Chaucer's three major dream visions all follow their respective narrator-dreamers as they move through various interior spaces, on one level reproducing the mise-en-abyme effect of the framed dream narrative. This paper examines the series of three interiors structuring the narrative of the House of Fame, and specifically how these spaces are constructed through a technique of accumulative description, in which the contents of a given room are catalogued at great length but rarely placed in precise spatial relation to one another. To employ the catalogue as the primary tool of spatial description may seem capable of leading only to a jumbled, a-perspectival representation of an interior, but the strategy aligns with the narrator's difficult task of organizing into narrative description the luxuriant confusion of the spaces he perceives. In the House of Fame, the narrator turns to the catalogue because he finds the corridors of dreams filled with objects of high signifying power, including statues and other images that serve as windows out of one interior and into other narrative spaces. The accumulative catalogue becomes at once a way to narrate an otherwise un-narratable profusion of objects and associations, and a way to limit that profusion to the catalogue's conclusion.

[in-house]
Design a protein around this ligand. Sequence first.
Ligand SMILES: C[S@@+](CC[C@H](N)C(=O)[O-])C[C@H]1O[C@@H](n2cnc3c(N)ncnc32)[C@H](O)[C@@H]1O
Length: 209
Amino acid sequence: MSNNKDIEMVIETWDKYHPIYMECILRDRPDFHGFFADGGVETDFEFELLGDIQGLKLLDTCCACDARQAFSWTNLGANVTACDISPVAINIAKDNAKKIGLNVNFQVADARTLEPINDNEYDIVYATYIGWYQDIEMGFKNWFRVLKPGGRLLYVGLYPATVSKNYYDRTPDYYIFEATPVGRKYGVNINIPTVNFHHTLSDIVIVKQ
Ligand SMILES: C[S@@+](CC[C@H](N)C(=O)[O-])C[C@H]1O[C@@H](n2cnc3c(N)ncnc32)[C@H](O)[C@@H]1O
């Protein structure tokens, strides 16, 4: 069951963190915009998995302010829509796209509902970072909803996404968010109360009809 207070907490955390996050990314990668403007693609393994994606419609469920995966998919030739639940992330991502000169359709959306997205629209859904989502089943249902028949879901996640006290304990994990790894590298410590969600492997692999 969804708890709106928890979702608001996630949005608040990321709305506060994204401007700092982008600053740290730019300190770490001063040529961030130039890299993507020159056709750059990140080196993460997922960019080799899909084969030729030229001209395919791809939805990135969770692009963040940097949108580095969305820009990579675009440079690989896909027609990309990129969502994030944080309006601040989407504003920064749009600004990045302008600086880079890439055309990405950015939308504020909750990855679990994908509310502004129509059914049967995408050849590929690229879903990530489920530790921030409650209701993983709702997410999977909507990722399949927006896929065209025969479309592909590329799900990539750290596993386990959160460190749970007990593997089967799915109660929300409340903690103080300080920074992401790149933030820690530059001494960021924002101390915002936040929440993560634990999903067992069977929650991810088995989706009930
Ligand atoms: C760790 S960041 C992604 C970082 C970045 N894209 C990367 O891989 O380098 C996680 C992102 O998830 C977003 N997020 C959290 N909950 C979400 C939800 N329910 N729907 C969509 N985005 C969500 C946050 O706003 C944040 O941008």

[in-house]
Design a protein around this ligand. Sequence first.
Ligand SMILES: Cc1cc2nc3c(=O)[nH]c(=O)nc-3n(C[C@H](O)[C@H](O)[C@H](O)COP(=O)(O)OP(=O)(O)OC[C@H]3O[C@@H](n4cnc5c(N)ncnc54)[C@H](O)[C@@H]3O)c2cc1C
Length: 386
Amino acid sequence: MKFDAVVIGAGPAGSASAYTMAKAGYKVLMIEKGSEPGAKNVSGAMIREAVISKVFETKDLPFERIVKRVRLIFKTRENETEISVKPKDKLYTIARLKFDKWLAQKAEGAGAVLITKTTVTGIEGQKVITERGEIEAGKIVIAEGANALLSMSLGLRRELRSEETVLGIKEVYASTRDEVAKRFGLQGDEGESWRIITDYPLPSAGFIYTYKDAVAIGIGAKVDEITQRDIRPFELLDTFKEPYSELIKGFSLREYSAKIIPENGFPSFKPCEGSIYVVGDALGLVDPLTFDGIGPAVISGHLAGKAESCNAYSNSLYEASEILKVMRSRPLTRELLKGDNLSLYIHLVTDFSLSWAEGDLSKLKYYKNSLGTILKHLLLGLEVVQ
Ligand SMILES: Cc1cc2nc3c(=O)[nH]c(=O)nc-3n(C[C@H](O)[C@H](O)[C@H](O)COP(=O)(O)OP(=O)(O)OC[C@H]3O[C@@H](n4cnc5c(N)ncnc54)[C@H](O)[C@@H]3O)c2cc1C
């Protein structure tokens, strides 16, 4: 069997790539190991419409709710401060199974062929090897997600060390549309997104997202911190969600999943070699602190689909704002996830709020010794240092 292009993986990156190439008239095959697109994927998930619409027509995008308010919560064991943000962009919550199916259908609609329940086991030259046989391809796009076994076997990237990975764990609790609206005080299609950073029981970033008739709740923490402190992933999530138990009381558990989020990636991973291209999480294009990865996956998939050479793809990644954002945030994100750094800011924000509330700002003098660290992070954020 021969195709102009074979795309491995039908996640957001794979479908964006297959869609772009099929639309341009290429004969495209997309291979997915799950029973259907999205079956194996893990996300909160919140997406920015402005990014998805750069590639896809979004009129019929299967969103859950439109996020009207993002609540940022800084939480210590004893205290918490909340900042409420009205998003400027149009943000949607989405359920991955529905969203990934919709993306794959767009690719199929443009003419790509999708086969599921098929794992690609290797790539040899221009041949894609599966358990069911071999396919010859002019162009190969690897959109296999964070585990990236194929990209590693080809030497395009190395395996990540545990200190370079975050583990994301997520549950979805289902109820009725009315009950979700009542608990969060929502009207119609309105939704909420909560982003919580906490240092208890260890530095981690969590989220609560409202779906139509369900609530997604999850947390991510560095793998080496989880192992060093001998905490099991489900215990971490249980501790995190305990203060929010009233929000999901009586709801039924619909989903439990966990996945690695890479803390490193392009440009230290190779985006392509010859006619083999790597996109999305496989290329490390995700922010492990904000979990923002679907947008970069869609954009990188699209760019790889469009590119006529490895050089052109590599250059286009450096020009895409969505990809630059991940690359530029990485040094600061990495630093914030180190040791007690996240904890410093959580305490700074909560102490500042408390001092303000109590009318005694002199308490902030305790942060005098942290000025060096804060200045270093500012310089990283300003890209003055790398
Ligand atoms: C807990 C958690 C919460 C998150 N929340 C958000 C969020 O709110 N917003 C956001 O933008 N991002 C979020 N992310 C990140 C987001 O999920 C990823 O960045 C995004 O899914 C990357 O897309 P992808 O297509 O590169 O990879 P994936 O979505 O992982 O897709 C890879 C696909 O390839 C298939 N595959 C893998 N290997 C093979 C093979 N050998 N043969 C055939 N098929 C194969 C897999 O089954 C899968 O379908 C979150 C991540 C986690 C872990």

We also find in the poem moments of more perspectival description linking these catalogues, as in the House of Fame itself, in which the narrator at first perceives only a formless crowd of heralds impossible to describe due to both their number and the semiotic complexity of their garments. After relegating their regalia to a short catalogue, the narrator can then move past the press and look up to observe a rising dais with the goddess Fame enthroned on it. Only after spatially locating arbitrary Fame as the principle governing the crowd in the room does the narrator notice and describe the pillar-lined corridor leading down to the hall's wide doors. Since, upon closer examination, these pillars are seen to bear up the fame of ancient authors, they generate further descriptive catalogues. Throughout the poem we find this same sort of telescoping between the purposively cluttered catalogue and more perspectival articulations of space, presenting a challenge to spatial theories of narrative that would dismiss pre-modern narrative as crudely and/or flatly a-perspectival. Indeed, we will be unable to describe medieval literature as uninterested in perspective when we finally compare the navigation of space in House of Fame to the medieval and classical technique of the “memory palace,” in which memories are recalled based on their precise spatial relationships inside a mentally constructed building: Chaucer's poem is at once such an edifice of memory and a challenge to the practice.

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